Jack the Ripper still considered today one of Americas most famous killers. The pictures and drawings in the book are haunting. A good read.
I commend Patricia Cornwell for the effort she put into this book, for the research she funded from her own pocket, and for the new forensic testing she performed on the Ripper letters. She wrote a very good book and for anyone who is fascinated by the enduring mystery that is Jack the Ripper, this is one more book to enjoy.
However, the book gave me the impression that Cornwell got the cart before the horse. Instead of looking at the facts objectively and formulating a conclusion, she started out with her conclusion (that Walter Sickert was Jack the Ripper) and ever so gently bent her research to support that conclusion. She made a lot of assumptions, and failed to take seriously the fact that Sickert was out of the country during the time of the Ripper murders. It is true that Sickert was involved, that he did write a lot of Ripper letters, and that he depicted the murders in his art, but those things alone do not make him the killer.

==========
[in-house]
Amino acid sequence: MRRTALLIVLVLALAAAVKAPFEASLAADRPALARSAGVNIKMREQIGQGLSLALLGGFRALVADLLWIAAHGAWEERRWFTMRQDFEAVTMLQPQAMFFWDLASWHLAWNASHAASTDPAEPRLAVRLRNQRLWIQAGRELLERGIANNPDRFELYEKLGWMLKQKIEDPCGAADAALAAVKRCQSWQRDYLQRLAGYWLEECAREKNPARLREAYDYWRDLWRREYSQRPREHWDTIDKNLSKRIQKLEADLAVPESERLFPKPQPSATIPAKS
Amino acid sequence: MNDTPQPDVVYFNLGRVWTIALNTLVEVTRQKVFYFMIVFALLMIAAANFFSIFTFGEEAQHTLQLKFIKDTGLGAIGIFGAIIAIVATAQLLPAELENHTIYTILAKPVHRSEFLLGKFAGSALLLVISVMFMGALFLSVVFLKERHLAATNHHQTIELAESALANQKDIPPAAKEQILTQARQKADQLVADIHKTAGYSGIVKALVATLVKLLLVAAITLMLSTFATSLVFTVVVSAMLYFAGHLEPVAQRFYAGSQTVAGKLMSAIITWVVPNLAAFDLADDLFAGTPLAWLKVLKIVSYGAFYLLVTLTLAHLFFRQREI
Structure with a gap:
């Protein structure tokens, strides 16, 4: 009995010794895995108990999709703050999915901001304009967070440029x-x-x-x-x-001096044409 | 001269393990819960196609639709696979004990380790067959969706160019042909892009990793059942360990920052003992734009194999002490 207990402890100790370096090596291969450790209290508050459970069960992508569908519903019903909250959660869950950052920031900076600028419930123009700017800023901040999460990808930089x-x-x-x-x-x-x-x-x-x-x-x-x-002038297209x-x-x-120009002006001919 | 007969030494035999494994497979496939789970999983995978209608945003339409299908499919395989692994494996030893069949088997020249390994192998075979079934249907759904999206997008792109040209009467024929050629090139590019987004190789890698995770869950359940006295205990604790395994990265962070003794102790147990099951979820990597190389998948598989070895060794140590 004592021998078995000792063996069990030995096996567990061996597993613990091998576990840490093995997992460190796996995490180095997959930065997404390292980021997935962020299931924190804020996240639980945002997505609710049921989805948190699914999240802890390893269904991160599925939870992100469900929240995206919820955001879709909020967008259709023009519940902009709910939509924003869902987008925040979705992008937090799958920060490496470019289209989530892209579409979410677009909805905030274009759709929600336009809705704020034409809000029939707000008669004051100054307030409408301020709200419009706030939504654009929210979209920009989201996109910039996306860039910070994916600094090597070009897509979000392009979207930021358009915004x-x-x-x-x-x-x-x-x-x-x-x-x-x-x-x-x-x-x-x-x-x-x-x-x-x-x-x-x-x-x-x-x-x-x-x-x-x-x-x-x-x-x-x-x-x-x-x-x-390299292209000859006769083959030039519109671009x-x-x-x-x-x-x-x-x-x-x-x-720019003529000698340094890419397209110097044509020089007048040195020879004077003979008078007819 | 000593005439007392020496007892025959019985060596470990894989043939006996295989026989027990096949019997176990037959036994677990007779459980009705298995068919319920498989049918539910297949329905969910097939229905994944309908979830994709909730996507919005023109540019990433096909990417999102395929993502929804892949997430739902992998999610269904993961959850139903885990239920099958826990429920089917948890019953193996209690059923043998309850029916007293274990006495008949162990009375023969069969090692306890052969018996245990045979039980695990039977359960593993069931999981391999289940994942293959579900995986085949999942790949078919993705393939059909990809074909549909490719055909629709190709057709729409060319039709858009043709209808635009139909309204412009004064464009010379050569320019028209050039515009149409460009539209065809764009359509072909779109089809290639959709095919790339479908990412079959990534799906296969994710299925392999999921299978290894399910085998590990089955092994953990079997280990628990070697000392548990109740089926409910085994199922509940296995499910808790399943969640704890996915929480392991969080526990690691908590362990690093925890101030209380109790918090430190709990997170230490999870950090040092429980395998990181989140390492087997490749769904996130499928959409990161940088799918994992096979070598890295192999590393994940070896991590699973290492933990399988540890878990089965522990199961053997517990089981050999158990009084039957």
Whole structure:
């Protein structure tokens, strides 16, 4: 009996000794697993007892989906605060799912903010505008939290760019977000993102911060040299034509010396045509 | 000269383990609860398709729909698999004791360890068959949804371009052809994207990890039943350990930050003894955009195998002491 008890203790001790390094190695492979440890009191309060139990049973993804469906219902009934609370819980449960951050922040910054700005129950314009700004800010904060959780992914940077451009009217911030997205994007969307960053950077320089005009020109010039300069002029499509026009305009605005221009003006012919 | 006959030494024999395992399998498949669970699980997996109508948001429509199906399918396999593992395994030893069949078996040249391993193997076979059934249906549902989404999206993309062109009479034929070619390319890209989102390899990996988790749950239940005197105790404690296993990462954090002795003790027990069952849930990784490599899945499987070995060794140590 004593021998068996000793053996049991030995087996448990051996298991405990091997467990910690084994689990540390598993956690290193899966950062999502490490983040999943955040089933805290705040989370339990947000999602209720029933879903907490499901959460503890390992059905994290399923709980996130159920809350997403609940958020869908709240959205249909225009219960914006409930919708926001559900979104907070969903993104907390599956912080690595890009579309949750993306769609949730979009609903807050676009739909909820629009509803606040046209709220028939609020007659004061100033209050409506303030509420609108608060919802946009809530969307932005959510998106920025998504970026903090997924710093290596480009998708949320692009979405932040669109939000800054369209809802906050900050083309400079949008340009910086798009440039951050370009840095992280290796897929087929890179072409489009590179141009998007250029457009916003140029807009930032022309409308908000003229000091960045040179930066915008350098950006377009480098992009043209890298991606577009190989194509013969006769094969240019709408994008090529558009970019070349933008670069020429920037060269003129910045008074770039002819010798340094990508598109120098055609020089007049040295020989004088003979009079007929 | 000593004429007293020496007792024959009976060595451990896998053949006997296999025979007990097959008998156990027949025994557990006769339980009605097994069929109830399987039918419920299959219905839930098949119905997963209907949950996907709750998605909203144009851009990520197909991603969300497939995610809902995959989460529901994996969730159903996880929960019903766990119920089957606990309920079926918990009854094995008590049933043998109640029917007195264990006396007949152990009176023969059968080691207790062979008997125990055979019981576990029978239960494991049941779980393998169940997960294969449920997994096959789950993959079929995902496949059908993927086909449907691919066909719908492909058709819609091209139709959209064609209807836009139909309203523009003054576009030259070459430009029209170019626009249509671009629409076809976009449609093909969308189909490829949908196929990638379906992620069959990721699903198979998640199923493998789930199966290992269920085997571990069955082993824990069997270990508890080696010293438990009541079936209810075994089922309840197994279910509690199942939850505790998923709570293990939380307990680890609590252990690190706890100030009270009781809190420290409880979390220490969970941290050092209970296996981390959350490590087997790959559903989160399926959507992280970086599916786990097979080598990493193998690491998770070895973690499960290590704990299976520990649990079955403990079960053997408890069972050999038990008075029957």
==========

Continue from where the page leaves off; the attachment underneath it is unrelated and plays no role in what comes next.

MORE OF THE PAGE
For a more factual and objective look at all things Ripper, including a list of the most popular suspects, I recommend Paul Begg's Jack the Ripper: The Facts. It reads like a history book but is just what it claims to be, a book of pretty dry and unbiased facts. Begg suspects that the killer is a man named Kosminski, but as always, it is up to the reader to decide for themselves.
In all, Cornwell's book is good. It makes you think. It paints an interesting portrait of possibilities. But it is also not quite the 'case closed' argument that it claims to be, in my opinion at least. It's still a great read, and for that I still recommend it.
I would have to say this is one of the most interesting books I have read! Very well written and hard to put down.